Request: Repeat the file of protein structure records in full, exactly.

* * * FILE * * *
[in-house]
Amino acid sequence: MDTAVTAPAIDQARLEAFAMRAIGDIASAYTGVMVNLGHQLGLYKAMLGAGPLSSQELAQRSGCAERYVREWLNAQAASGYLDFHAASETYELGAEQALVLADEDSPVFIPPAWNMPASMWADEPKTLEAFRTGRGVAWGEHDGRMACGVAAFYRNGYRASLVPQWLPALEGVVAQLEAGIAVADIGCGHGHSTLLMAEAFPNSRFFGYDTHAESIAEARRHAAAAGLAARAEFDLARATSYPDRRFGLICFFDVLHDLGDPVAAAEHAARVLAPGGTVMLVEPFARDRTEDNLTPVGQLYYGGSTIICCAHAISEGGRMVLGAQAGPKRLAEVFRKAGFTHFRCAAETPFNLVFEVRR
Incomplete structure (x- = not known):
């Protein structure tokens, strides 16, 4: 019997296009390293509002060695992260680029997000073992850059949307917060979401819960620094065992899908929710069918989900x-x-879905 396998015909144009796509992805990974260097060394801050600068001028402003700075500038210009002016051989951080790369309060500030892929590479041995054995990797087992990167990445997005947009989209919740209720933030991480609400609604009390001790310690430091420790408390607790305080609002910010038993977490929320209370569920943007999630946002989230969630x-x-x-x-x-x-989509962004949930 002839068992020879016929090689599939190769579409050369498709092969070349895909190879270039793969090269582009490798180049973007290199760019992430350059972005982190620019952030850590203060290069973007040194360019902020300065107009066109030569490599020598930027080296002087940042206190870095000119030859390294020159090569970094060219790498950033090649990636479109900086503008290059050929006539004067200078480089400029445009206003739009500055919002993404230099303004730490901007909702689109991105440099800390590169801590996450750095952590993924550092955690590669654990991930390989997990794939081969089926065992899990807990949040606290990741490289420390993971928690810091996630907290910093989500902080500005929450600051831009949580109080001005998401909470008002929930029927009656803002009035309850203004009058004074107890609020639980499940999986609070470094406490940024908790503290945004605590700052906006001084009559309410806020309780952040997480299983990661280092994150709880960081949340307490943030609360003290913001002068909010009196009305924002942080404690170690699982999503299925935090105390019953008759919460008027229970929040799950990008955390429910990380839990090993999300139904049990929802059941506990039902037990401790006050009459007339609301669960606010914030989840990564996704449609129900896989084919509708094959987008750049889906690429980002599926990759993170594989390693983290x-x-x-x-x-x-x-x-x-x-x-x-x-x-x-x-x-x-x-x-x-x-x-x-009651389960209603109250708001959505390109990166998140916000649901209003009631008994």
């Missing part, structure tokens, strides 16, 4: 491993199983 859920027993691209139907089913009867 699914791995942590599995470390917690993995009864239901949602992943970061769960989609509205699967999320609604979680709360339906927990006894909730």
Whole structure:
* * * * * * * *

[in-house]
Amino acid sequence: MDTAVTAPAIDQARLEAFAMRAIGDIASAYTGVMVNLGHQLGLYKAMLGAGPLSSQELAQRSGCAERYVREWLNAQAASGYLDFHAASETYELGAEQALVLADEDSPVFIPPAWNMPASMWADEPKTLEAFRTGRGVAWGEHDGRMACGVAAFYRNGYRASLVPQWLPALEGVVAQLEAGIAVADIGCGHGHSTLLMAEAFPNSRFFGYDTHAESIAEARRHAAAAGLAARAEFDLARATSYPDRRFGLICFFDVLHDLGDPVAAAEHAARVLAPGGTVMLVEPFARDRTEDNLTPVGQLYYGGSTIICCAHAISEGGRMVLGAQAGPKRLAEVFRKAGFTHFRCAAETPFNLVFEVRR
Incomplete structure (x- = not known):
């Protein structure tokens, strides 16, 4: 019997296009390293509002060695992260680029997000073992850059949307917060979401819960620094065992899908929710069918989900x-x-879905 396998015909144009796509992805990974260097060394801050600068001028402003700075500038210009002016051989951080790369309060500030892929590479041995054995990797087992990167990445997005947009989209919740209720933030991480609400609604009390001790310690430091420790408390607790305080609002910010038993977490929320209370569920943007999630946002989230969630x-x-x-x-x-x-989509962004949930 002839068992020879016929090689599939190769579409050369498709092969070349895909190879270039793969090269582009490798180049973007290199760019992430350059972005982190620019952030850590203060290069973007040194360019902020300065107009066109030569490599020598930027080296002087940042206190870095000119030859390294020159090569970094060219790498950033090649990636479109900086503008290059050929006539004067200078480089400029445009206003739009500055919002993404230099303004730490901007909702689109991105440099800390590169801590996450750095952590993924550092955690590669654990991930390989997990794939081969089926065992899990807990949040606290990741490289420390993971928690810091996630907290910093989500902080500005929450600051831009949580109080001005998401909470008002929930029927009656803002009035309850203004009058004074107890609020639980499940999986609070470094406490940024908790503290945004605590700052906006001084009559309410806020309780952040997480299983990661280092994150709880960081949340307490943030609360003290913001002068909010009196009305924002942080404690170690699982999503299925935090105390019953008759919460008027229970929040799950990008955390429910990380839990090993999300139904049990929802059941506990039902037990401790006050009459007339609301669960606010914030989840990564996704449609129900896989084919509708094959987008750049889906690429980002599926990759993170594989390693983290x-x-x-x-x-x-x-x-x-x-x-x-x-x-x-x-x-x-x-x-x-x-x-x-009651389960209603109250708001959505390109990166998140916000649901209003009631008994």
């Missing part, structure tokens, strides 16, 4: 491993199983 859920027993691209139907089913009867 699914791995942590599995470390917690993995009864239901949602992943970061769960989609509205699967999320609604979680709360339906927990006894909730």
Whole structure: